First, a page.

In 1982, Margaret Gallant sent Boston’s Cardinal Medeiros a letter professing her love for the Catholic Church and her anger at its failure to act after seven boys in her family had been sexually abused by a priest. Two decades later, the Boston Globe‘s investigative reporting team proved that Gallant’s allegations and those made by many others were part of the Church’s systemic cover-up of such abuse.
The story behind that reporting is now the backbone of the Oscar-nominated film Spotlight. And documents like Margaret Gallant’s letter were the backbone of that reporting, says the Globe‘s Pulitzer-winning Michael Rezendes, who is played by Mark Ruffalo on screen.
That particular letter was “critical to the entire project,” Rezendes says. The fact that some priests abused some children had already been revealed by 2002, when the Spotlight stories were published. The revelation from Rezendes and his colleagues—proved in part by Gallant’s letter, one of many original documents that the Globe published as the appendix to the book about the case, Betrayal: The Crisis in the Catholic Church—was that the Church knew about those cases and actively attempted to cover them up.
“That’s why the documents are so important and that’s why the letter is so important, in addition to it being incredibly poignant,” he says. “This is someone whose family has been horribly violated and yet is still trying as hard as she can to love her church. And I think that’s what tore me up and tore us all up.”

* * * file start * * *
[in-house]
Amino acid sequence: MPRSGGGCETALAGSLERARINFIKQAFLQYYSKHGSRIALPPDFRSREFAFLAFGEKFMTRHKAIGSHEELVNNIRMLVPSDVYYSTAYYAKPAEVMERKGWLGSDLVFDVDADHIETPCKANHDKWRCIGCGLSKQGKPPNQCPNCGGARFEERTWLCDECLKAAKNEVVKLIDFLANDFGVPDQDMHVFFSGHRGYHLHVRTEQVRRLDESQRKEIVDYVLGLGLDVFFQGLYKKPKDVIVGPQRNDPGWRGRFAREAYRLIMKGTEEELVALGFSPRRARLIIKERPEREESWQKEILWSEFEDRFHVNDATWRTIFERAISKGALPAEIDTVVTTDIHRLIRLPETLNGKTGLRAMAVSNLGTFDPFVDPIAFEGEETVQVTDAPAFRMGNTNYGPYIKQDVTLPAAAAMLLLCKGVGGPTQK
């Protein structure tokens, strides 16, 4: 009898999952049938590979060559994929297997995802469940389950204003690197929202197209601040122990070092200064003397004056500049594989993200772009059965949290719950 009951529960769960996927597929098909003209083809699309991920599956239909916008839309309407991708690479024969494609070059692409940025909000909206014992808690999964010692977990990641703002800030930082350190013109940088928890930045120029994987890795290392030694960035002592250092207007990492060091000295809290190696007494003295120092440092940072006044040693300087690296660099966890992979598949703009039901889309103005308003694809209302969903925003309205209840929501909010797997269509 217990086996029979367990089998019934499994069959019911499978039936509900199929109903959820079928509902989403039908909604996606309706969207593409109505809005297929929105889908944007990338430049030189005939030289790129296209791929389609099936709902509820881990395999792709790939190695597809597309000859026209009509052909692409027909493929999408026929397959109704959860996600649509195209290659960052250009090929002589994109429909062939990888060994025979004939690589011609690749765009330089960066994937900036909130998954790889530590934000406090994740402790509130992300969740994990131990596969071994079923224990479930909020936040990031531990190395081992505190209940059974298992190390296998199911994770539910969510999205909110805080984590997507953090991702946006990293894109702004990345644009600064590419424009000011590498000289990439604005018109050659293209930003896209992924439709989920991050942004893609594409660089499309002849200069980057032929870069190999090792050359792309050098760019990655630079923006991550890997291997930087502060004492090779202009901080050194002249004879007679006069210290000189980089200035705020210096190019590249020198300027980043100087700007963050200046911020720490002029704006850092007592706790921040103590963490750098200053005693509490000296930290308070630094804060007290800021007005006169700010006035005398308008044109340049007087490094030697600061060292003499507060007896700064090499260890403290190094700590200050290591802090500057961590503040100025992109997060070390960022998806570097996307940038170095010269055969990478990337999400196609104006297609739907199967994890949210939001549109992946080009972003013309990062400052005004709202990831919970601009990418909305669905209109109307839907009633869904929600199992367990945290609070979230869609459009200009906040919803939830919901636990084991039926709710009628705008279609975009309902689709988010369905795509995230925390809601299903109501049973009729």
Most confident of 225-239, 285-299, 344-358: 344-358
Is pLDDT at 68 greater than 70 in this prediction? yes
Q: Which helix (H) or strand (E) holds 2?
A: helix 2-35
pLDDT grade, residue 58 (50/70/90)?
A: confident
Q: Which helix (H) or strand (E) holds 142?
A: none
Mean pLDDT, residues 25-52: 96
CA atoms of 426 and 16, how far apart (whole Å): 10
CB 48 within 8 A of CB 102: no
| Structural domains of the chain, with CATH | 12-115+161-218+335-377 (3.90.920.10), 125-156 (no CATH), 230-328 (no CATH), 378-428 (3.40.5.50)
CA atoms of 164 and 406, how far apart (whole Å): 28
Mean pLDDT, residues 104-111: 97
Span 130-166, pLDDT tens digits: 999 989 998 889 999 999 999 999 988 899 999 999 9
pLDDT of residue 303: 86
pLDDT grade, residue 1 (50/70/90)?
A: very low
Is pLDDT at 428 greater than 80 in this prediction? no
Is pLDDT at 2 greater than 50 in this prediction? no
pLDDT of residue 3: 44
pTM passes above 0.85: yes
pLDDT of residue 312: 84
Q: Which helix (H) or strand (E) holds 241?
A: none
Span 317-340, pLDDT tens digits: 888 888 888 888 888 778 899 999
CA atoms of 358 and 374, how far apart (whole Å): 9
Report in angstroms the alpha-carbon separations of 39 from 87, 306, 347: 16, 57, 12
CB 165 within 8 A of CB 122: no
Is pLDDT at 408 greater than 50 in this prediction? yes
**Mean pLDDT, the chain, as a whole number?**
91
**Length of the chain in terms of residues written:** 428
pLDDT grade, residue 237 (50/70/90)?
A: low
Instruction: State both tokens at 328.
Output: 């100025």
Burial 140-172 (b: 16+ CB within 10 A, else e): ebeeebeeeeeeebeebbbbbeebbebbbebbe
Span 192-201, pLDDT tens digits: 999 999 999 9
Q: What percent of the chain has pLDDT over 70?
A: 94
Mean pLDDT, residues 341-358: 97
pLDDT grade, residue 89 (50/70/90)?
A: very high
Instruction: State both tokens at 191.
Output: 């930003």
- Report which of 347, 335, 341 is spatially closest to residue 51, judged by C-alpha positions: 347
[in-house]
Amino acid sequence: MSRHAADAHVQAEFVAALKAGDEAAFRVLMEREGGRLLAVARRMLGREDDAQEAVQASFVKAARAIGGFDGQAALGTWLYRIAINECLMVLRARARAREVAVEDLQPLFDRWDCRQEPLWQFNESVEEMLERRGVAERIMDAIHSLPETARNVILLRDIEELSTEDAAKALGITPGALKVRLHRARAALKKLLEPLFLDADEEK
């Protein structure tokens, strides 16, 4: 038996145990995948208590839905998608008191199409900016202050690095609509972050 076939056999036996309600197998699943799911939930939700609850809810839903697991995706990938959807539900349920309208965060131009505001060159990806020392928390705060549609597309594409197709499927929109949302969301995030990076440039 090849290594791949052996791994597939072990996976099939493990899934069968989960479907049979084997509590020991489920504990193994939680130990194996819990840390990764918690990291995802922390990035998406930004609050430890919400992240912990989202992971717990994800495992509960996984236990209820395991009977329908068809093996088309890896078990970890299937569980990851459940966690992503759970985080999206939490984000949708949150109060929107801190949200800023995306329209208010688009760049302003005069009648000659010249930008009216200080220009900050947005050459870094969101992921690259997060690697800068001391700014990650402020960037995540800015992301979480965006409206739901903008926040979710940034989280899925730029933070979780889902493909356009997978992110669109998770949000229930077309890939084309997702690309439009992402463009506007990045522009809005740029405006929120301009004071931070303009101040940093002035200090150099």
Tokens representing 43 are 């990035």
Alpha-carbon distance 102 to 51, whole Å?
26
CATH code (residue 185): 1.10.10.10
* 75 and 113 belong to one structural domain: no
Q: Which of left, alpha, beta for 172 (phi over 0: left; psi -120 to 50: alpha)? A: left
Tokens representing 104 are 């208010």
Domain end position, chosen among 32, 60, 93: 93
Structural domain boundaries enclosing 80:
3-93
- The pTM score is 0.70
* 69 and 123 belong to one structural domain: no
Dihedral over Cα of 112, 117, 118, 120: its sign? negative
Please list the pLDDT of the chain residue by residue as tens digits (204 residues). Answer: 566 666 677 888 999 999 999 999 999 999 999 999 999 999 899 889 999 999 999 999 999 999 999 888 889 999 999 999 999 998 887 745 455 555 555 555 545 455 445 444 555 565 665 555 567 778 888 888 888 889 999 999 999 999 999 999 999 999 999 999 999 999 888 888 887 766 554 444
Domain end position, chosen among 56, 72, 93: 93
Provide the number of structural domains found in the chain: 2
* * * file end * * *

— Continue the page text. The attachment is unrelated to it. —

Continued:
“Documents are always critically important to what I do because, one hopes, they leave no doubt,” Rezendes adds. “Investigative reporting is not he-said-she-said journalism; investigative journalism is trying to find the truth and to bring that truth back to the readers. If you have the documents, there should be no debate about what the truth is.”
Thanks to this letter and others like it, there isn’t any doubt. And today, 15 years later, Rezendes says the work has led to a sea change in public understanding. “The biggest change is the awareness of child sex abuse and of clergy sex abuse, and it’s profoundly significant,” he says. “We think of all the tens of thousands of survivors who have been able to step forward and tell their stories as a result of this work, but there are also untold thousands of young people who have not been abused who otherwise would have been.”